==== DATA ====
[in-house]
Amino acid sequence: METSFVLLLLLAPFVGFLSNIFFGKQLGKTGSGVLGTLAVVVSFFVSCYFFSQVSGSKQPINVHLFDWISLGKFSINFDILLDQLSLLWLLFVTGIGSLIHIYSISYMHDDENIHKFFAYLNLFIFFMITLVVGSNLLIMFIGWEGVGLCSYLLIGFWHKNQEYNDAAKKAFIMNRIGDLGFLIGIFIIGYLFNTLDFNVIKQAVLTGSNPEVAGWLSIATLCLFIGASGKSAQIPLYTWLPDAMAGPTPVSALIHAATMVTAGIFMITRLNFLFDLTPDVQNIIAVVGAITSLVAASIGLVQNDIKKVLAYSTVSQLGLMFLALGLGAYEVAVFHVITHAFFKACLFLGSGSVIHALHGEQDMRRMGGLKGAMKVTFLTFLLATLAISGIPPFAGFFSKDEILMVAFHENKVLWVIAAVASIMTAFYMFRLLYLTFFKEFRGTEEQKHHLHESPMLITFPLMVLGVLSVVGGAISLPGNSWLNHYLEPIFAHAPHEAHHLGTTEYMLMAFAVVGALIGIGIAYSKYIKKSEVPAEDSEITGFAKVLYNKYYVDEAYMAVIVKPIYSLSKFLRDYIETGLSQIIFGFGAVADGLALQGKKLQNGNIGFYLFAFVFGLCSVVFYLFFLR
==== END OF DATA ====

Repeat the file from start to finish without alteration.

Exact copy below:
[in-house]
Amino acid sequence: METSFVLLLLLAPFVGFLSNIFFGKQLGKTGSGVLGTLAVVVSFFVSCYFFSQVSGSKQPINVHLFDWISLGKFSINFDILLDQLSLLWLLFVTGIGSLIHIYSISYMHDDENIHKFFAYLNLFIFFMITLVVGSNLLIMFIGWEGVGLCSYLLIGFWHKNQEYNDAAKKAFIMNRIGDLGFLIGIFIIGYLFNTLDFNVIKQAVLTGSNPEVAGWLSIATLCLFIGASGKSAQIPLYTWLPDAMAGPTPVSALIHAATMVTAGIFMITRLNFLFDLTPDVQNIIAVVGAITSLVAASIGLVQNDIKKVLAYSTVSQLGLMFLALGLGAYEVAVFHVITHAFFKACLFLGSGSVIHALHGEQDMRRMGGLKGAMKVTFLTFLLATLAISGIPPFAGFFSKDEILMVAFHENKVLWVIAAVASIMTAFYMFRLLYLTFFKEFRGTEEQKHHLHESPMLITFPLMVLGVLSVVGGAISLPGNSWLNHYLEPIFAHAPHEAHHLGTTEYMLMAFAVVGALIGIGIAYSKYIKKSEVPAEDSEITGFAKVLYNKYYVDEAYMAVIVKPIYSLSKFLRDYIETGLSQIIFGFGAVADGLALQGKKLQNGNIGFYLFAFVFGLCSVVFYLFFLR